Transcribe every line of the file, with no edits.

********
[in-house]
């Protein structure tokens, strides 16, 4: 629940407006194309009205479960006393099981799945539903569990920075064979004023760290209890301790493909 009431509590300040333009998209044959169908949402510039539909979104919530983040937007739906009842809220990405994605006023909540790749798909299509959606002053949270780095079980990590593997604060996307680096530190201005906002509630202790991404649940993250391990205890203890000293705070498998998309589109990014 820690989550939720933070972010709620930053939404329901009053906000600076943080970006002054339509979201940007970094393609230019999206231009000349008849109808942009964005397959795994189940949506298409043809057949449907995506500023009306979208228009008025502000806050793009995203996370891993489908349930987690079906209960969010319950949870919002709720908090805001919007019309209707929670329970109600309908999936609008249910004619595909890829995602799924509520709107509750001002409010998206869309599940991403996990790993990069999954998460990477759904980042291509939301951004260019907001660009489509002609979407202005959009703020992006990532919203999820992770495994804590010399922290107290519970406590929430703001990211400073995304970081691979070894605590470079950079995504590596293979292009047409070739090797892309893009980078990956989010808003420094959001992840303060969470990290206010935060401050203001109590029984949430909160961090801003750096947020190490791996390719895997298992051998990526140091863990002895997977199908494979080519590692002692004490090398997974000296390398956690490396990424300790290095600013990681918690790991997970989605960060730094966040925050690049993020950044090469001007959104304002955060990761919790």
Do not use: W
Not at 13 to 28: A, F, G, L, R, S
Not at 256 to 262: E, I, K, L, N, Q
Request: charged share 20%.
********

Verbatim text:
[in-house]
């Protein structure tokens, strides 16, 4: 629940407006194309009205479960006393099981799945539903569990920075064979004023760290209890301790493909 009431509590300040333009998209044959169908949402510039539909979104919530983040937007739906009842809220990405994605006023909540790749798909299509959606002053949270780095079980990590593997604060996307680096530190201005906002509630202790991404649940993250391990205890203890000293705070498998998309589109990014 820690989550939720933070972010709620930053939404329901009053906000600076943080970006002054339509979201940007970094393609230019999206231009000349008849109808942009964005397959795994189940949506298409043809057949449907995506500023009306979208228009008025502000806050793009995203996370891993489908349930987690079906209960969010319950949870919002709720908090805001919007019309209707929670329970109600309908999936609008249910004619595909890829995602799924509520709107509750001002409010998206869309599940991403996990790993990069999954998460990477759904980042291509939301951004260019907001660009489509002609979407202005959009703020992006990532919203999820992770495994804590010399922290107290519970406590929430703001990211400073995304970081691979070894605590470079950079995504590596293979292009047409070739090797892309893009980078990956989010808003420094959001992840303060969470990290206010935060401050203001109590029984949430909160961090801003750096947020190490791996390719895997298992051998990526140091863990002895997977199908494979080519590692002692004490090398997974000296390398956690490396990424300790290095600013990681918690790991997970989605960060730094966040925050690049993020950044090469001007959104304002955060990761919790």
Do not use: W
Not at 13 to 28: A, F, G, L, R, S
Not at 256 to 262: E, I, K, L, N, Q
Request: charged share 20%.